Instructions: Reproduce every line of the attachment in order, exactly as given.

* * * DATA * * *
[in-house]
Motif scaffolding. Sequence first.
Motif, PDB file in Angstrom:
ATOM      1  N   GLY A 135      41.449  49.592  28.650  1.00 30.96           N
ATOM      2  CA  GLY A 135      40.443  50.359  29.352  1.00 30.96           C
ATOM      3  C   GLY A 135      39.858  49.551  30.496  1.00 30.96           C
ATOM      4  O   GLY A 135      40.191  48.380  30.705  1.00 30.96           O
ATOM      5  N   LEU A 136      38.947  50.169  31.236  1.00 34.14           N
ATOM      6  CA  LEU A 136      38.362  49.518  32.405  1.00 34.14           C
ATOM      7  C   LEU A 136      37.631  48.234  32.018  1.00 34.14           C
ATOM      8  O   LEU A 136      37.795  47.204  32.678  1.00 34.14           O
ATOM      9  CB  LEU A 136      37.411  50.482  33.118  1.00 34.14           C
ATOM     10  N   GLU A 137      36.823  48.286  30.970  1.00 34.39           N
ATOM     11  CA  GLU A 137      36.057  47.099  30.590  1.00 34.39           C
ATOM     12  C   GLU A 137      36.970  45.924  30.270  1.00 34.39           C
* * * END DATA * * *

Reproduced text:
[in-house]
Motif scaffolding. Sequence first.
Motif, PDB file in Angstrom:
ATOM      1  N   GLY A 135      41.449  49.592  28.650  1.00 30.96           N
ATOM      2  CA  GLY A 135      40.443  50.359  29.352  1.00 30.96           C
ATOM      3  C   GLY A 135      39.858  49.551  30.496  1.00 30.96           C
ATOM      4  O   GLY A 135      40.191  48.380  30.705  1.00 30.96           O
ATOM      5  N   LEU A 136      38.947  50.169  31.236  1.00 34.14           N
ATOM      6  CA  LEU A 136      38.362  49.518  32.405  1.00 34.14           C
ATOM      7  C   LEU A 136      37.631  48.234  32.018  1.00 34.14           C
ATOM      8  O   LEU A 136      37.795  47.204  32.678  1.00 34.14           O
ATOM      9  CB  LEU A 136      37.411  50.482  33.118  1.00 34.14           C
ATOM     10  N   GLU A 137      36.823  48.286  30.970  1.00 34.39           N
ATOM     11  CA  GLU A 137      36.057  47.099  30.590  1.00 34.39           C
ATOM     12  C   GLU A 137      36.970  45.924  30.270  1.00 34.39           C